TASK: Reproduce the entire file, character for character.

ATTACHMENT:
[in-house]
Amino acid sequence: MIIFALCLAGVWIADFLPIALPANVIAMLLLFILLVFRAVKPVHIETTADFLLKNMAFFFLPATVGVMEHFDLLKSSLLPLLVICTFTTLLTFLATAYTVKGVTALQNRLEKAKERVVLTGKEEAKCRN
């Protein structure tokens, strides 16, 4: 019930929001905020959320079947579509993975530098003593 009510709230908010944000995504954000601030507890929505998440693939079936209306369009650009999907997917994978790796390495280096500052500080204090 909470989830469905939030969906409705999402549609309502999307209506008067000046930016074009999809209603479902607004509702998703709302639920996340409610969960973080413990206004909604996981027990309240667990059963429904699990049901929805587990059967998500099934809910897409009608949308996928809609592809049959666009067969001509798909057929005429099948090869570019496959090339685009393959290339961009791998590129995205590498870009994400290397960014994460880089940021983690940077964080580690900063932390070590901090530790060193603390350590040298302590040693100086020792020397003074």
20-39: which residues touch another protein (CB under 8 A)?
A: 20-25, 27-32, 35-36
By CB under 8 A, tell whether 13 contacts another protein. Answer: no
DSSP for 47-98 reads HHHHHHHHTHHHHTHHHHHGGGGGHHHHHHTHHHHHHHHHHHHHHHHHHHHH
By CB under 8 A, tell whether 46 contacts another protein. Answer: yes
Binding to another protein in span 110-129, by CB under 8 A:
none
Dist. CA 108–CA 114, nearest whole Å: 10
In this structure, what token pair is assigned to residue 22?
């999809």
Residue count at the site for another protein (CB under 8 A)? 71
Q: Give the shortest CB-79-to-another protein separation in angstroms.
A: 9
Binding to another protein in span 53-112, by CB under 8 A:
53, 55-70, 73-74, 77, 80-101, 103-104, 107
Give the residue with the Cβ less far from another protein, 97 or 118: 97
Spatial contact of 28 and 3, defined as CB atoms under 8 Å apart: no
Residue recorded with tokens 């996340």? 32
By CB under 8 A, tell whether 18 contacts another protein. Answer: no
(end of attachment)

[in-house]
Amino acid sequence: MIIFALCLAGVWIADFLPIALPANVIAMLLLFILLVFRAVKPVHIETTADFLLKNMAFFFLPATVGVMEHFDLLKSSLLPLLVICTFTTLLTFLATAYTVKGVTALQNRLEKAKERVVLTGKEEAKCRN
């Protein structure tokens, strides 16, 4: 019930929001905020959320079947579509993975530098003593 009510709230908010944000995504954000601030507890929505998440693939079936209306369009650009999907997917994978790796390495280096500052500080204090 909470989830469905939030969906409705999402549609309502999307209506008067000046930016074009999809209603479902607004509702998703709302639920996340409610969960973080413990206004909604996981027990309240667990059963429904699990049901929805587990059967998500099934809910897409009608949308996928809609592809049959666009067969001509798909057929005429099948090869570019496959090339685009393959290339961009791998590129995205590498870009994400290397960014994460880089940021983690940077964080580690900063932390070590901090530790060193603390350590040298302590040693100086020792020397003074």
20-39: which residues touch another protein (CB under 8 A)?
A: 20-25, 27-32, 35-36
By CB under 8 A, tell whether 13 contacts another protein. Answer: no
DSSP for 47-98 reads HHHHHHHHTHHHHTHHHHHGGGGGHHHHHHTHHHHHHHHHHHHHHHHHHHHH
By CB under 8 A, tell whether 46 contacts another protein. Answer: yes
Binding to another protein in span 110-129, by CB under 8 A:
none
Dist. CA 108–CA 114, nearest whole Å: 10
In this structure, what token pair is assigned to residue 22?
């999809």
Residue count at the site for another protein (CB under 8 A)? 71
Q: Give the shortest CB-79-to-another protein separation in angstroms.
A: 9
Binding to another protein in span 53-112, by CB under 8 A:
53, 55-70, 73-74, 77, 80-101, 103-104, 107
Give the residue with the Cβ less far from another protein, 97 or 118: 97
Spatial contact of 28 and 3, defined as CB atoms under 8 Å apart: no
Residue recorded with tokens 């996340």? 32
By CB under 8 A, tell whether 18 contacts another protein. Answer: no